Back in September, Microsoft finished their investigation and issued a statement regarding the location issue. It comes as no surprise that the plaintiff updated the class action complaint to address these statements. (You can read the entire amended complaint (Document 19) for yourself, if you wish.)
Ignoring the grammar changes peppered throughout, two major changes were made:
1. The plaintiff added a new claim, alleging Microsoft violated the Washington Privacy Act (with emphasis mine):
Washington’s Privacy Act, RCW §§ 9.73, et seq. (“Privacy Act”) prohibits companies from intercepting private communications without the consent of all parties involved. The Privacy Act is one of the most restrictive privacy statutes in the United States.
Microsoft does not qualify as an entity exempted from liability under the Privacy Act as defined by RCW § 9.73.070.
Defendant’s conduct violated RCW § 9.73.030(a) because Defendant intentionally intercepted and/or recorded, by device or otherwise, private communications from mobile devices, as described more fully herein, without first obtaining the consent of Plaintiff or the Class.
Defendant’s conduct also violated RCW § 9.73.030(b) because Defendant intentionally intercepted and/or recorded, by device or otherwise, private conversation(s) from mobile devices, as described more fully herein, without first obtaining the consent of Plaintiff or the Class.
Plaintiff and the Class suffered harm as a result of Defendant’s violations of the Privacy Act, and therefore seek liquidated damages computed at the rate of one hundred dollars a day for each day of violation, or one thousand dollars, whichever is greater, and reasonable costs and attorneys’ fees. RCW § 9.73.060
2. The plaintiff added additional details to their Factual Background write up (with emphasis mine):
IV. Microsoft Admits To Unlawful Tracking
In September of 2011, shortly after this lawsuit was filed, Microsoft issued a press release indicating that it had discovered a “bug” in its Windows Phone OS that caused mobile devices running the software to transmit location information to Microsoft’s servers through its camera application—without user consent.
Specifically, Microsoft’s press release stated, in relevant part, that:
We have identified an unintended behavior in the Windows Phone 7 software that results in information about nearby Wi-Fi access points and cell towers being periodically sent to Microsoft when using the Camera application … the software bug results in the behavior even where you have disabled geotagging photos in the Camera application.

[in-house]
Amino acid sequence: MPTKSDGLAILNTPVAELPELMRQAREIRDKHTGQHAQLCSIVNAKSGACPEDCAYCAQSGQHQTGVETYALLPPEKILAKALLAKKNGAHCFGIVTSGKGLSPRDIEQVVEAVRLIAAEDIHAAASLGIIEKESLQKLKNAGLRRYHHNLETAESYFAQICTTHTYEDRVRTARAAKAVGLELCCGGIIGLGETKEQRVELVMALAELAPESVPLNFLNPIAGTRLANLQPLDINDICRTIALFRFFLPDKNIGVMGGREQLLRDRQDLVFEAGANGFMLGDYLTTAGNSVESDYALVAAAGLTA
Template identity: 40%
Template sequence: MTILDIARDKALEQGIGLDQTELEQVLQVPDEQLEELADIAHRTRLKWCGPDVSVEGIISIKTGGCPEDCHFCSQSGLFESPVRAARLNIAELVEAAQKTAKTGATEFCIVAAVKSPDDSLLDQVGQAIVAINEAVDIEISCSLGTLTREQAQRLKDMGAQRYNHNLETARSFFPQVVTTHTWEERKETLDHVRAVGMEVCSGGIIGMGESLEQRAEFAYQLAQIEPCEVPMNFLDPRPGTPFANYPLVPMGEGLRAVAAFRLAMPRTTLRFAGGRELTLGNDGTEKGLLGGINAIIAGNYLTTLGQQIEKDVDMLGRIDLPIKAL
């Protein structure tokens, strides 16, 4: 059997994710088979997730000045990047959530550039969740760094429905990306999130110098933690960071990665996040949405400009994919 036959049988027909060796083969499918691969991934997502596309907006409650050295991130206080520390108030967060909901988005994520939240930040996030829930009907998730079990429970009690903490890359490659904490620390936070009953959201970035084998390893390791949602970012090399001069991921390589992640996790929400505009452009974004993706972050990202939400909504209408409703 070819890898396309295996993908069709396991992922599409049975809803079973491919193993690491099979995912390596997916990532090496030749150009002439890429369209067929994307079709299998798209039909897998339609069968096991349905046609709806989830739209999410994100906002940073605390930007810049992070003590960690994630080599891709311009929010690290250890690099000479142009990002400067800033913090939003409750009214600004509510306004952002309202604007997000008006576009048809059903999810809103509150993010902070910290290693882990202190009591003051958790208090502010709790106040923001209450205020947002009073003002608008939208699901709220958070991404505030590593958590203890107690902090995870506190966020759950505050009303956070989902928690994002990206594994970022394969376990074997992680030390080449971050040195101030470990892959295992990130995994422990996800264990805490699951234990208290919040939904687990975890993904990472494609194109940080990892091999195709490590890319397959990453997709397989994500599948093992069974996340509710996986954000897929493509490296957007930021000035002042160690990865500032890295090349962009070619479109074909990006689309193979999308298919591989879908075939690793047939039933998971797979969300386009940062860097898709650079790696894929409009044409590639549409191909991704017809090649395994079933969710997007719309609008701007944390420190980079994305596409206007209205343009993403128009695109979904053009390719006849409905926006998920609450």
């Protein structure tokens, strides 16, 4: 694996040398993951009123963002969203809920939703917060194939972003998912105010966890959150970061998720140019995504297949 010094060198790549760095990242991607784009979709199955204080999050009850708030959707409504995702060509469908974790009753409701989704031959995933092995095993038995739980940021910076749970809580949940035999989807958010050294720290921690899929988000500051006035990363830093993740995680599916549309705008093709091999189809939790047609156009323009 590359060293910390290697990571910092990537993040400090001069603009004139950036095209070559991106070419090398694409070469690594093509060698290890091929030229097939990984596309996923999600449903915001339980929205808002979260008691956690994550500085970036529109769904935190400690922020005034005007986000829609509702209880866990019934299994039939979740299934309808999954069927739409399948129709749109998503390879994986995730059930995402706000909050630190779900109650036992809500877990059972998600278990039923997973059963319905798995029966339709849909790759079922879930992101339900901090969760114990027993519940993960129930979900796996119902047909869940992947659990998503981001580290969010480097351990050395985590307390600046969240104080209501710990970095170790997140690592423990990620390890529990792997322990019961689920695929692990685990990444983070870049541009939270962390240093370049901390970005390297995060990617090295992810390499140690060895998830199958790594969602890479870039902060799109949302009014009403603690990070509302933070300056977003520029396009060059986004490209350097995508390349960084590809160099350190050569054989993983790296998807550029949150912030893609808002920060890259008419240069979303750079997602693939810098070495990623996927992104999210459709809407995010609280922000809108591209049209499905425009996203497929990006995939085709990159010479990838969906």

Although Microsoft attempts to blame its unauthorized tracking scheme on a software “bug,” the true facts show otherwise. Microsoft is one of the largest and most renowned software developers in the world, with a highly sophisticated staff of engineers. The idea that, during the programming process, these software engineers simply “overlooked” the fact that their own code was designed to ignore users’ refusal to consent to be tracked is untenable.
Furthermore, as described above, Microsoft made very specific representations to U.S. Congress members about the very functionality of its Windows Phone 7 OS that the Company now claims is flawed. Even assuming, arguendo, that Microsoft’s initial oversight led to the unlawful transmission of its users’ geolocation data, surely Microsoft’s engineering team conducted further investigation into the software before submitting to Congress that its software never transmits geolocation data without express permission of the user.
In truth, this was no coding error. Microsoft intentionally programmed its software to send its users’ geolocation information to its servers without consent because it wanted to maximize the amount of data it receives for use in its database. Now that it has been exposed, Microsoft is attempting to cover-up its malfeasance.
Whoa. Those are quite the punches! Unfortunately, they don’t land anywhere.
I won’t dispute the fact that Microsoft is one of the largest software shops in the world, but I don’t feel this directly correlates to software quality within individual product groups. If anything, it catalyzes the “oops rate”. Take Adobe, for example. They’re huge, right? So with this line of thinking, Acrobat Reader and Flash should be amazing. But they’re not even close. Recently released Microsoft Security Intelligence Report 11 shows that “Adobe Acrobat and Adobe Reader [exploits] accounted for most document format exploits detected in [1H] 2011.” And look at Skype for Windows software. 31% of its issues reported as Critical remain unresolved to date. (Any real user will tell you it’s one of the worst necessary evils on PC today.) Finally, let’s not forget this team was responsible for some high visibility blunders, such as the February and March update and the still-online illegal Nintendo ROMs on the marketplace. Point is: Nobody’s perfect. Not even Microsoft.
Untouched was the original research provided by Samy Kamkar, which is interesting given the research doesn’t hold water due to the use of a AT&T bound Samsung Omnia 7 – a combination that isn’t legitimately available to consumers in the US. But with Microsoft’s validation of the bug, I suppose the research’s value isn’t very high anymore.
What are your thoughts?